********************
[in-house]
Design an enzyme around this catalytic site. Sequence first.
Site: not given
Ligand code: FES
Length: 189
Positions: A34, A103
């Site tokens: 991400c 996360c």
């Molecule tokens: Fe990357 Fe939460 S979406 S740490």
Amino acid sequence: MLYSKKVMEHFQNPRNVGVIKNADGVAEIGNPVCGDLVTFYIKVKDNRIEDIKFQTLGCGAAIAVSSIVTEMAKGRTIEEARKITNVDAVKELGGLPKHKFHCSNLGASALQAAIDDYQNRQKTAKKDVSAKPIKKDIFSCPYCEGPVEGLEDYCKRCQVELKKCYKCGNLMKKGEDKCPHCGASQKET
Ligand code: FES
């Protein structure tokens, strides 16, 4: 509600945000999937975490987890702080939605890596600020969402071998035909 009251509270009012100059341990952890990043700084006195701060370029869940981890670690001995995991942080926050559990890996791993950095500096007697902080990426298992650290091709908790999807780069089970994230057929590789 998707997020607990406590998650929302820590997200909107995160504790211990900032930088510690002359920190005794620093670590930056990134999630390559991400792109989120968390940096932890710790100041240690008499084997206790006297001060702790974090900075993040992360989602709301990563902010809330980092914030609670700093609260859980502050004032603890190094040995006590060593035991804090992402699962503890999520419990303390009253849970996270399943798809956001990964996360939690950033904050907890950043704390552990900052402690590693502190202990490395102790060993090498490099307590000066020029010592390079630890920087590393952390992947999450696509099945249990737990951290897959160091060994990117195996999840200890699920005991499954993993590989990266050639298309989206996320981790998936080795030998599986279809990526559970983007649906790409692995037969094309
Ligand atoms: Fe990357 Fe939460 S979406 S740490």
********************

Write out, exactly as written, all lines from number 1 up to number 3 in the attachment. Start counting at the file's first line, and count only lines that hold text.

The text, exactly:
[in-house]
Design an enzyme around this catalytic site. Sequence first.
Site: not given